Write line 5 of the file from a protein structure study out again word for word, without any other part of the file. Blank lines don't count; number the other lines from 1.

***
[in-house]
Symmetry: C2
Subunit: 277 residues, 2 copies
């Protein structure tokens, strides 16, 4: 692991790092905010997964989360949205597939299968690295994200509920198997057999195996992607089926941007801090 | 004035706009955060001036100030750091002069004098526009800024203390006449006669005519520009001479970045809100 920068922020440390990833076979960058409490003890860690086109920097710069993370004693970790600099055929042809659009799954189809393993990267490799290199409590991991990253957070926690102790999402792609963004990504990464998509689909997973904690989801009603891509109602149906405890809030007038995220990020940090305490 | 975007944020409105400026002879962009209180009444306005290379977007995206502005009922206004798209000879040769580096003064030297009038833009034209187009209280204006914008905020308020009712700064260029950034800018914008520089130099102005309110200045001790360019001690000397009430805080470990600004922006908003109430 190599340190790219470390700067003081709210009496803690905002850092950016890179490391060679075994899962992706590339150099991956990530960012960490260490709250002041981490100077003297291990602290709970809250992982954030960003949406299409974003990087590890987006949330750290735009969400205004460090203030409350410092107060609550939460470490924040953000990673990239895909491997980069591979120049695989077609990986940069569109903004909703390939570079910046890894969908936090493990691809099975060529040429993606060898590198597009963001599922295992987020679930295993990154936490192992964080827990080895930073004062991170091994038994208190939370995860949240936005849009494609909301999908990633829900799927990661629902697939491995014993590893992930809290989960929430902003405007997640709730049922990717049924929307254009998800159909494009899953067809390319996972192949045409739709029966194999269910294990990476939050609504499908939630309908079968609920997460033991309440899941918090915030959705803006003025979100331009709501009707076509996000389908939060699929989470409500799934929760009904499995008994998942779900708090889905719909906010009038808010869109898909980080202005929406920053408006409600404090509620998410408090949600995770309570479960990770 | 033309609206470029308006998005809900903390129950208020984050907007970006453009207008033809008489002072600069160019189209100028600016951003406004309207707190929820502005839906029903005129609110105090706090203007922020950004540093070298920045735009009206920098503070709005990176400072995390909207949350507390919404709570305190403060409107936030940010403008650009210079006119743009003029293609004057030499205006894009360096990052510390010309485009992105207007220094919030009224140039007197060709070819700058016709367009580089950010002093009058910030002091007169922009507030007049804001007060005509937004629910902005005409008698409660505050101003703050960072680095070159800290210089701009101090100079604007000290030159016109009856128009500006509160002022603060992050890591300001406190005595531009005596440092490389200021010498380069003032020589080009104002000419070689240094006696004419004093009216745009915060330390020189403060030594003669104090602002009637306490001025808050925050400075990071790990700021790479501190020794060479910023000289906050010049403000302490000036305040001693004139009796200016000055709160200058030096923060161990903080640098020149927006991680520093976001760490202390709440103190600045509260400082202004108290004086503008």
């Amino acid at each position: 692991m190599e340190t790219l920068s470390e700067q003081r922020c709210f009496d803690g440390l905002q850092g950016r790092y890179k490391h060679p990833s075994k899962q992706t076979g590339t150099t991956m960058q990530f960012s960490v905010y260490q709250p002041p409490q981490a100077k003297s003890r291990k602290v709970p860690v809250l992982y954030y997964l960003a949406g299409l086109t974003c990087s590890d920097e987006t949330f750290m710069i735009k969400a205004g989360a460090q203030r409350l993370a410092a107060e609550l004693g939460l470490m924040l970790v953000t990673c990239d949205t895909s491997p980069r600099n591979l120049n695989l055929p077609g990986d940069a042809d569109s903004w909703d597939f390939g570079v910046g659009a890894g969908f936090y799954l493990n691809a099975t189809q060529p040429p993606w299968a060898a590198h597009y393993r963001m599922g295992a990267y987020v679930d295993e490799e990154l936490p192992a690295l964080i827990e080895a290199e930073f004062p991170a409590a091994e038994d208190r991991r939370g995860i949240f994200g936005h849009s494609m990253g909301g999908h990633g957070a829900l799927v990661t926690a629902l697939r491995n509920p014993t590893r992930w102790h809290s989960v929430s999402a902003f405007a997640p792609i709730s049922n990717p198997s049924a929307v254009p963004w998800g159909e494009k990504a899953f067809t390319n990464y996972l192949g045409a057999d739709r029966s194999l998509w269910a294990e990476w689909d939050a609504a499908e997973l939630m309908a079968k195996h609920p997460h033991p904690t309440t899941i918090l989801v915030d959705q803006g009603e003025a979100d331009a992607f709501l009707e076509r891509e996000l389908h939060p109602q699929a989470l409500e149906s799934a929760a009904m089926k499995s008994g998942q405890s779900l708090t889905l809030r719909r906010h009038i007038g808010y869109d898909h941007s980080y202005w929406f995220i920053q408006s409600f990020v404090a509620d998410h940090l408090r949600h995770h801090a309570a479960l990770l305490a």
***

């Amino acid at each position: 692991m190599e340190t790219l920068s470390e700067q003081r922020c709210f009496d803690g440390l905002q850092g950016r790092y890179k490391h060679p990833s075994k899962q992706t076979g590339t150099t991956m960058q990530f960012s960490v905010y260490q709250p002041p409490q981490a100077k003297s003890r291990k602290v709970p860690v809250l992982y954030y997964l960003a949406g299409l086109t974003c990087s590890d920097e987006t949330f750290m710069i735009k969400a205004g989360a460090q203030r409350l993370a410092a107060e609550l004693g939460l470490m924040l970790v953000t990673c990239d949205t895909s491997p980069r600099n591979l120049n695989l055929p077609g990986d940069a042809d569109s903004w909703d597939f390939g570079v910046g659009a890894g969908f936090y799954l493990n691809a099975t189809q060529p040429p993606w299968a060898a590198h597009y393993r963001m599922g295992a990267y987020v679930d295993e490799e990154l936490p192992a690295l964080i827990e080895a290199e930073f004062p991170a409590a091994e038994d208190r991991r939370g995860i949240f994200g936005h849009s494609m990253g909301g999908h990633g957070a829900l799927v990661t926690a629902l697939r491995n509920p014993t590893r992930w102790h809290s989960v929430s999402a902003f405007a997640p792609i709730s049922n990717p198997s049924a929307v254009p963004w998800g159909e494009k990504a899953f067809t390319n990464y996972l192949g045409a057999d739709r029966s194999l998509w269910a294990e990476w689909d939050a609504a499908e997973l939630m309908a079968k195996h609920p997460h033991p904690t309440t899941i918090l989801v915030d959705q803006g009603e003025a979100d331009a992607f709501l009707e076509r891509e996000l389908h939060p109602q699929a989470l409500e149906s799934a929760a009904m089926k499995s008994g998942q405890s779900l708090t889905l809030r719909r906010h009038i007038g808010y869109d898909h941007s980080y202005w929406f995220i920053q408006s409600f990020v404090a509620d998410h940090l408090r949600h995770h801090a309570a479960l990770l305490a």